What better way to cozy up on a chilly day than with a comforting bowl of creamy broccoli soup?
Anyone else bracing themselves for the upcoming holiday season? I’ve made an executive decision to just take it slow and to flow this year. No stress. No over-doing. No over-eating. Just family. And good food.
Who’s with me on this?
Slow and flow seem to the theme of my life this year. I’ve been forced to slow down and to just flow with what life has in store for me. My health journey has taken over my life (and my family’s life), and I’ll be grateful when the hard part is in the rear view mirror. But I have to say that I am thankful for all of the lessons I’ve learned and the amazing people who have come into my life. And I’m especially grateful for the support and love of the sweet man in my life. Life is just easier when you have a rockstar of a husband standing by your side.
Okay. And jumping right into this recipe today because I’m all about quick and easy meals these days. It has been cold and wet here in Northern California. We’ve pulled out our rain gear and fuzzy, warm sweaters. And this means it’s officially soup season.
The recipe is super simple. Roast your veggies and puree them up. The secret to making it super delicious is using a good quality broth. I recommend making your own chicken broth or vegetable broth. Both will be delish. And because we can’t always do it all, I usually keep a box of pre-made broth in the pantry when I’ve run out of homemade. I’m super picky about my broths, and Kettle and Fire is the only boxed one that I like.
This creamy broccoli soup is more than just broccoli. It’s loaded with tons of veggies that have been roasted beforehand to add an extra layer of flavor to the soup. The creaminess comes from the white sweet potato and a bit of dairy free milk. (You can use regular white potato if you want.)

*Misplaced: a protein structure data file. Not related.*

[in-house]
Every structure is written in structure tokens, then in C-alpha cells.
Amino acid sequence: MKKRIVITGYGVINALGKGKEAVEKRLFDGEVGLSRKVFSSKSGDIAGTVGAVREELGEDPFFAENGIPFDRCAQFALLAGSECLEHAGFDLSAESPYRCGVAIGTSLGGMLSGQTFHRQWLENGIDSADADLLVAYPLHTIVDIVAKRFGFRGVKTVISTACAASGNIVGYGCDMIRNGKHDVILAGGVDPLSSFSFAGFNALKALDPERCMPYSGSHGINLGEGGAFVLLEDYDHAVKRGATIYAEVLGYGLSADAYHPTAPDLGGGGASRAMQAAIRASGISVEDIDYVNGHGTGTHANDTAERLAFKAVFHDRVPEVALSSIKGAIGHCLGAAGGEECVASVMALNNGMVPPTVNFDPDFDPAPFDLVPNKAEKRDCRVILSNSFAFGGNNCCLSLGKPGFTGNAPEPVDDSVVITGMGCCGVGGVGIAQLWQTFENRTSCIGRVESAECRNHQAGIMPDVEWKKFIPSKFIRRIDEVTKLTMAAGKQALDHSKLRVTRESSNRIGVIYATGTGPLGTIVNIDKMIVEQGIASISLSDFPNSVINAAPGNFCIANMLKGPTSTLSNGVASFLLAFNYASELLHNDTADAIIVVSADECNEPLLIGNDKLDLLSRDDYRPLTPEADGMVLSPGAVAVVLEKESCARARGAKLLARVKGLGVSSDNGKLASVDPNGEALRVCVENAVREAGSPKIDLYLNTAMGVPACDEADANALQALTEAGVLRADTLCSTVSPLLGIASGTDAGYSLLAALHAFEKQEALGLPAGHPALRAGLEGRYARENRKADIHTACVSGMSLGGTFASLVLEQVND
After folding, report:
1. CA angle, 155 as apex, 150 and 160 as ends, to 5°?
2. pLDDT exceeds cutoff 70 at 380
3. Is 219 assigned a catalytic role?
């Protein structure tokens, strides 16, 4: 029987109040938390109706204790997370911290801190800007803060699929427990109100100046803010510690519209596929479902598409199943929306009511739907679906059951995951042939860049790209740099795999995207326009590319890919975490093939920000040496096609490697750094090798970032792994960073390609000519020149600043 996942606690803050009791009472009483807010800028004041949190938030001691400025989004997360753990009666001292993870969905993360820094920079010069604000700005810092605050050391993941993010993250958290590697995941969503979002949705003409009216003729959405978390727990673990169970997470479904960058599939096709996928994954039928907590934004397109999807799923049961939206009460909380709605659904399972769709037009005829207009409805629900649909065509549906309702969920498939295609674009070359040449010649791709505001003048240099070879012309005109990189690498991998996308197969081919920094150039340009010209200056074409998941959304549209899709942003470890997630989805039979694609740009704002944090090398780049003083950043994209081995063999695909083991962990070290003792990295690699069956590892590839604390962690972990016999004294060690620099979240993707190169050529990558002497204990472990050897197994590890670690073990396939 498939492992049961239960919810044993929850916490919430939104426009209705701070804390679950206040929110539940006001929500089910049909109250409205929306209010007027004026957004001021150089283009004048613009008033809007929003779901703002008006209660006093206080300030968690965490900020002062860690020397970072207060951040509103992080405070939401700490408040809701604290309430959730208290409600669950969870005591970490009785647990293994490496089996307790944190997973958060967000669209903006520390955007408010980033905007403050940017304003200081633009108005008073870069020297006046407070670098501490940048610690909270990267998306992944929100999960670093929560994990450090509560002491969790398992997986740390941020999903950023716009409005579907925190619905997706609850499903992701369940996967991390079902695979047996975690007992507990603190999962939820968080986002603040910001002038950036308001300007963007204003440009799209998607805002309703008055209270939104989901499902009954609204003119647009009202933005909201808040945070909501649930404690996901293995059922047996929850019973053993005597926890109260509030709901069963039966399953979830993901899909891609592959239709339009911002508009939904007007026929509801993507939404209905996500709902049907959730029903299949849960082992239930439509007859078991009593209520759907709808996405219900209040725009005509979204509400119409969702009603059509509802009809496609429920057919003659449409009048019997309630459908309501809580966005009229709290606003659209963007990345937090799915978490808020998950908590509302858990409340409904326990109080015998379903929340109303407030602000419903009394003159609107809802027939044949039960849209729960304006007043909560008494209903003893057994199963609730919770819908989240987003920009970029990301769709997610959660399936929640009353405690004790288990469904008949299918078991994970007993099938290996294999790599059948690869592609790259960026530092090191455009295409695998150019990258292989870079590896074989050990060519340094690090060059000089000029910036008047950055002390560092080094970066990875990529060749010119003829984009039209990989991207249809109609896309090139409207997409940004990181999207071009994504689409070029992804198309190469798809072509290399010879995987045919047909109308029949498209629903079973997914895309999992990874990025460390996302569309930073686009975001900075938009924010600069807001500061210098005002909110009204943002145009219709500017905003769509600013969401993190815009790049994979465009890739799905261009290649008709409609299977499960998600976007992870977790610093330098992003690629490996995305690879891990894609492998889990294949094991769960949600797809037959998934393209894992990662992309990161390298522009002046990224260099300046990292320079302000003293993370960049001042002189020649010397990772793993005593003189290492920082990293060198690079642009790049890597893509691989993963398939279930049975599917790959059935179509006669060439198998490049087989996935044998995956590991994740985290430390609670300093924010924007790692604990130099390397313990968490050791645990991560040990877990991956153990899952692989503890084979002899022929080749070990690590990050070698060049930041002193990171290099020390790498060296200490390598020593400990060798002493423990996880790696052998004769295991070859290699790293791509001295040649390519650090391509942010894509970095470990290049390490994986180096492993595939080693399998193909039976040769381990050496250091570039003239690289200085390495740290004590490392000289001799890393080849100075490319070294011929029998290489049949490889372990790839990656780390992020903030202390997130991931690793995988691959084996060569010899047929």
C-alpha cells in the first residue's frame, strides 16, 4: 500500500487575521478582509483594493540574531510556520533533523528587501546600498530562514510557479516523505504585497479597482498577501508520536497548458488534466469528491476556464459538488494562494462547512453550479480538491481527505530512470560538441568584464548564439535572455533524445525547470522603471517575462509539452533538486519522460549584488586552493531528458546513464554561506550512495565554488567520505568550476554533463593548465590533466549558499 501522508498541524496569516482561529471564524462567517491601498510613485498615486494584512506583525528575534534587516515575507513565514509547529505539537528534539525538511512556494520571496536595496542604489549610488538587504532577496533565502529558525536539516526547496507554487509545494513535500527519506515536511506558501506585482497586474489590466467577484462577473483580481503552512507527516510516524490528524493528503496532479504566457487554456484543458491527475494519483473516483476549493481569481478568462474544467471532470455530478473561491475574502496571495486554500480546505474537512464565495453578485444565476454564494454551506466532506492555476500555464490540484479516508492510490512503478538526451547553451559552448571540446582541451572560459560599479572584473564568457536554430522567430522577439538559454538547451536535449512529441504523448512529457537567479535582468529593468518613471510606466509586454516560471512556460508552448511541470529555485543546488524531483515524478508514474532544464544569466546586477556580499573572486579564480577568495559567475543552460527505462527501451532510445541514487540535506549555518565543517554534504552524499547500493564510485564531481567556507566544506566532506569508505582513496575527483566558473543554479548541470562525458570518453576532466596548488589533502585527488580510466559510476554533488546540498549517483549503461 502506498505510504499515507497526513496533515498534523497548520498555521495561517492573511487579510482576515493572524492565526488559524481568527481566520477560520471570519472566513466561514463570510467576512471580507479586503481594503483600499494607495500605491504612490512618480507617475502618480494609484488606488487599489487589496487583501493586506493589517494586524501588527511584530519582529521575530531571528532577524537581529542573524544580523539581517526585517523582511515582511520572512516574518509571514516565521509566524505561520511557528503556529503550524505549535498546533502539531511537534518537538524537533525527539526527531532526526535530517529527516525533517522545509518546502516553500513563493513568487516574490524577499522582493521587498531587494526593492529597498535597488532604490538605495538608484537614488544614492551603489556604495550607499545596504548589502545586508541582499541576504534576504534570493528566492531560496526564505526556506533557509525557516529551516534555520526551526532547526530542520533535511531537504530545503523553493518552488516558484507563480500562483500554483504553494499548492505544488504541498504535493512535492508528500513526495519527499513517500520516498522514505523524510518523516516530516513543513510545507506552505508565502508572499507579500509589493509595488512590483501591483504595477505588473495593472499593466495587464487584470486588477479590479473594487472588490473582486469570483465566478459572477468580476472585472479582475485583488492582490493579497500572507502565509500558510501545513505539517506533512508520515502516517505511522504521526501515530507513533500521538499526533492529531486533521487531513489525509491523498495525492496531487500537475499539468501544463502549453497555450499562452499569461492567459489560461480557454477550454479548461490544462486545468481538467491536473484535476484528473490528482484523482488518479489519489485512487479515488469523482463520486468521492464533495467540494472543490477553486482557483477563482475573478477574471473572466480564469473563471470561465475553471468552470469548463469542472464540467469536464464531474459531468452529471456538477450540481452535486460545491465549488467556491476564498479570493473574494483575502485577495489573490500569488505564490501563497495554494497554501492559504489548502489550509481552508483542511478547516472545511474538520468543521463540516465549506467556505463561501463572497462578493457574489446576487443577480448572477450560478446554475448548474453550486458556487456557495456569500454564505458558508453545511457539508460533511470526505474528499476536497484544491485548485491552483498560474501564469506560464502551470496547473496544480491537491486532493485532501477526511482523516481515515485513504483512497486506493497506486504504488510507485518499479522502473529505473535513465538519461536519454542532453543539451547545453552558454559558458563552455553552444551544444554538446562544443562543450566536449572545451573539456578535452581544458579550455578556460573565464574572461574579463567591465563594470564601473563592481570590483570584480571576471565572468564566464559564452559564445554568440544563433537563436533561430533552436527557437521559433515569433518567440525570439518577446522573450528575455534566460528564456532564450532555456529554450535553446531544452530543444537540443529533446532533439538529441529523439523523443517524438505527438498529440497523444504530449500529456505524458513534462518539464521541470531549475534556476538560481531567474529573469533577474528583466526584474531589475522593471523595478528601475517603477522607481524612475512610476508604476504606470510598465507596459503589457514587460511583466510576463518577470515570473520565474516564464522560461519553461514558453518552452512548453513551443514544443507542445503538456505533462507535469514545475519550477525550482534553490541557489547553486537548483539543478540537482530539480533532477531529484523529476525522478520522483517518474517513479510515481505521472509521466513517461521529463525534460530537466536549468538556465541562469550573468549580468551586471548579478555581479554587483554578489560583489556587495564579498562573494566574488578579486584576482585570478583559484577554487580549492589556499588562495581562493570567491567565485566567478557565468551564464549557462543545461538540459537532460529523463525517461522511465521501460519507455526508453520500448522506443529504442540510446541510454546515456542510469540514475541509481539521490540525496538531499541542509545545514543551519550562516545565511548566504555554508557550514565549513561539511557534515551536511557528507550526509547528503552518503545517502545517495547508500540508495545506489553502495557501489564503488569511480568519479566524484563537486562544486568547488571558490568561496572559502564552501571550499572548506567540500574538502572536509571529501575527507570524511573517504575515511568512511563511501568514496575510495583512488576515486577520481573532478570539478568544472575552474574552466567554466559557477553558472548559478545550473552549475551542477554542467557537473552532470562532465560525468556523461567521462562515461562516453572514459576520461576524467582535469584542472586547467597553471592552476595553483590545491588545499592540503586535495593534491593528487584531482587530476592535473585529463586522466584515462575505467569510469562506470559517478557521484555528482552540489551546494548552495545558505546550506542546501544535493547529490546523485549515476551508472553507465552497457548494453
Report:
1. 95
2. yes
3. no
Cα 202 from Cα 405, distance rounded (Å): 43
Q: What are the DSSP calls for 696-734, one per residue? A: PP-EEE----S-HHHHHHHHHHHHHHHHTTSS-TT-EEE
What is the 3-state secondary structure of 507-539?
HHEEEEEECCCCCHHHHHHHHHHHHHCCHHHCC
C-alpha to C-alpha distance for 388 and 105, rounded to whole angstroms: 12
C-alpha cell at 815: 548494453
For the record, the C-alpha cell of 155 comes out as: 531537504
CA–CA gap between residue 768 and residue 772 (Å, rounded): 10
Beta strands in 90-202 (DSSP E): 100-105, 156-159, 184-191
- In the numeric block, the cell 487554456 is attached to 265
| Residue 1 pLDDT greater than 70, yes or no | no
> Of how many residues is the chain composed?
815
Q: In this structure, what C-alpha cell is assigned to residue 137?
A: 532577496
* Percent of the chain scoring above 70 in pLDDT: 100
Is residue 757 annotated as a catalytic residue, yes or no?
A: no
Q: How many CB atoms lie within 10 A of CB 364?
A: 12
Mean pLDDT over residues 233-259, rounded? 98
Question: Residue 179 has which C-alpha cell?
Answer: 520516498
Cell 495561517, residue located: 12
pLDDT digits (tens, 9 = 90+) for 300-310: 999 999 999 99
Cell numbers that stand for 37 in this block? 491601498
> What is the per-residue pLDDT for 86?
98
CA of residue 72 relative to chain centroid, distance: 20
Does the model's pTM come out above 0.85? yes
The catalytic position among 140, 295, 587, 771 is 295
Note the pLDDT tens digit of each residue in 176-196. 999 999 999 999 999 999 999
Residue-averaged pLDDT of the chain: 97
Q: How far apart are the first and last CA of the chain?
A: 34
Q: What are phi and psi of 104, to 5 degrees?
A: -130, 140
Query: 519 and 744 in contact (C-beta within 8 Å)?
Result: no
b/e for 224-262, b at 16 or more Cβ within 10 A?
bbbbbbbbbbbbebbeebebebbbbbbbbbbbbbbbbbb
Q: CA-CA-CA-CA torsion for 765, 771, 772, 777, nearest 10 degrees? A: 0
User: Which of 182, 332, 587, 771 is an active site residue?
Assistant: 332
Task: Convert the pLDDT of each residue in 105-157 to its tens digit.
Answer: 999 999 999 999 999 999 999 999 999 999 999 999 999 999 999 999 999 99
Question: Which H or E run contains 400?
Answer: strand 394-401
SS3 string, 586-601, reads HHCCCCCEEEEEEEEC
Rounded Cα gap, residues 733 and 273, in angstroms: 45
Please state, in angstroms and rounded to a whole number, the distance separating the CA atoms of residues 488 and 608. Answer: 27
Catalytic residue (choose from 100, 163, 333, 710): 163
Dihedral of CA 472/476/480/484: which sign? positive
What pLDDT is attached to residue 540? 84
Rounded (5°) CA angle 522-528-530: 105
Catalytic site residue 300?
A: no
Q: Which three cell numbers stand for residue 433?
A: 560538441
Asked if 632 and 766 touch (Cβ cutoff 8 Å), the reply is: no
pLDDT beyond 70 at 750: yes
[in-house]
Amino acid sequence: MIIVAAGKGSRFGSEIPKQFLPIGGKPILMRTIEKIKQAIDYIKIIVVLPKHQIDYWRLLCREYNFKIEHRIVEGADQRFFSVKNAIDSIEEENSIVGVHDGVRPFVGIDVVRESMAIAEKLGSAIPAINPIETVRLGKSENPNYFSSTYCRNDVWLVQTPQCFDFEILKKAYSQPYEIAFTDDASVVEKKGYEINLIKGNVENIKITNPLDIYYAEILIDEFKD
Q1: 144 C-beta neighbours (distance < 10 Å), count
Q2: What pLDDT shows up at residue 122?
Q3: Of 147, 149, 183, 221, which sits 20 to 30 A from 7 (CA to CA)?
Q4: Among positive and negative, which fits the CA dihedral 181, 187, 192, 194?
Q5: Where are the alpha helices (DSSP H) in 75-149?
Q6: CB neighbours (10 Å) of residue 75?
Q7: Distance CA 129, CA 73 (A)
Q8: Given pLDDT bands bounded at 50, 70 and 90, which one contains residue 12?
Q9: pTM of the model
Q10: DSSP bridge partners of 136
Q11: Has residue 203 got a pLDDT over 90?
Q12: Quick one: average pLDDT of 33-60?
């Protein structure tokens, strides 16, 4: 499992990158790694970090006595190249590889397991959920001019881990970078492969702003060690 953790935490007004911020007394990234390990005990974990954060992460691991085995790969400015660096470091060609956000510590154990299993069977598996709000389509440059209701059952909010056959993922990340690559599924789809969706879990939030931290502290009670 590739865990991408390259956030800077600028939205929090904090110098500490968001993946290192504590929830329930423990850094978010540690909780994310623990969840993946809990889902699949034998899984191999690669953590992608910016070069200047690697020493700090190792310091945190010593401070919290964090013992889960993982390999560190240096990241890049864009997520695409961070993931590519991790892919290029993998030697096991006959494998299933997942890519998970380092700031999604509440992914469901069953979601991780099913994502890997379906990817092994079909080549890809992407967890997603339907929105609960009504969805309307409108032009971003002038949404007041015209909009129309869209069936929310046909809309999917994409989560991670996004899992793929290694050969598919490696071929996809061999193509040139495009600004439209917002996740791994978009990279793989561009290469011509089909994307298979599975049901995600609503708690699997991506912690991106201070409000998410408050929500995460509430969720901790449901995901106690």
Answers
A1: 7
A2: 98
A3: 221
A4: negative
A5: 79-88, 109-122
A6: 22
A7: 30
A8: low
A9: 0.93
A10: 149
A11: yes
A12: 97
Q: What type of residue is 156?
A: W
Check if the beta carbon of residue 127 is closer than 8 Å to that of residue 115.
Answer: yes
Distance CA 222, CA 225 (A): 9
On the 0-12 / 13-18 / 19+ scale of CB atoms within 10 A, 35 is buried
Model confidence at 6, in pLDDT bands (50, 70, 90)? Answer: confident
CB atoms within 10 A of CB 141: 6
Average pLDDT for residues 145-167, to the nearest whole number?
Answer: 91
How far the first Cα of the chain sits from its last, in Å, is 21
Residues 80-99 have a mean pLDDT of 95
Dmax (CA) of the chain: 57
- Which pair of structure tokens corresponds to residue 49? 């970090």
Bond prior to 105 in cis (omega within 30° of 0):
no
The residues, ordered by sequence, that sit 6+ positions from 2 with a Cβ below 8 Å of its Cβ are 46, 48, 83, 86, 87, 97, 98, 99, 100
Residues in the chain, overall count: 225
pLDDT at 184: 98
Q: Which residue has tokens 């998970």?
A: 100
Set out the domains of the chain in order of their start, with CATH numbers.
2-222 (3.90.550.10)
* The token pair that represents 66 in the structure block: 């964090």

What I love most about this soup is the TEXTURE. It’s so velvety smooth. It’s PERFECT for a simple weeknight meal when you just don’t want to cook for hours. It’s filling. It’s healthy. And I think you are going to LOVE it.
Oh, and if you’ve never had crispy sage, you are in for a real treat. It’s super simple to fry up in a small skillet. It’s just a fun garnish that adds a nice fragrant touch to the soup.
Here’s to a chill, relaxing holiday season. Stay tuned for more simple winter meals to make life easier for you.
FOR CRISPY SAGE
2-3 tbsp ghee, butter, or coconut oil
10-12 small sage leaves
- 1/2 small onion, roughly chopped
- 2–3 whole cloves of garlic, peeled
- 2 stalks of celery, chopped
- 3 medium carrots, chopped
- 1 large white Japanese sweet potato (or regular potato)
- 1 cup broccoli stems (**see note below)
- 4 cups broccoli florets
- 3 tbsp ghee, butter, coconut oil – melted
- 3 cups good quality broth (chicken or vegetable)
- 1 cup any kind of milk (I used full fat coconut)
- salt and pepper to taste
- 1–2 tsp lemon juice
- cayenne pepper
- toasted pine nuts
- crispy sage
- Preheat oven to 425’F.
- Place onions, garlic, celery, carrots, sweet potato, and broccoli onto a large baking sheet (or 2 small.) Drizzle melted fat of choice and toss until coated. Roast for 20 minutes, turning once.
- To make crispy sage: heat 2-3 tablespoons of fat of choice in a small skillet on medium high heat. Drop in sage leaves and cook for 2-3 minutes, until crisp but not browning. Remove from pan with tongs or a fork and set aside.
- Remove veggies from oven and pour into large soup pot. Add broth, milk of choice and salt and pepper to taste. Bring to boil, turn down heat, and simmer covered for 5 minutes.
- Remove from heat and puree until creamy smooth. (I used my Vitamix, but an immersion blender will work too.) Add extra broth if needed. Be careful pureeing hot soup. Add optional lemon juice and cayenne.
- Garnish with toasted pine nuts and crispy sage. Enjoy!
*I love roasting my veggies before I use them for soup. I really does add a nice flavor. But you can totally make this on the stovetop. Simply melt your fat of choice in a large soup pot. Add veggies and saute until beginning to soften. Then add your broth and milk.
** Don’t waste the broccoli stem. I like to use the softer upper stem in my soups as well (I ditch the super hard, dense bottoms.) If your stem is rough and dry try peeling it before using it.
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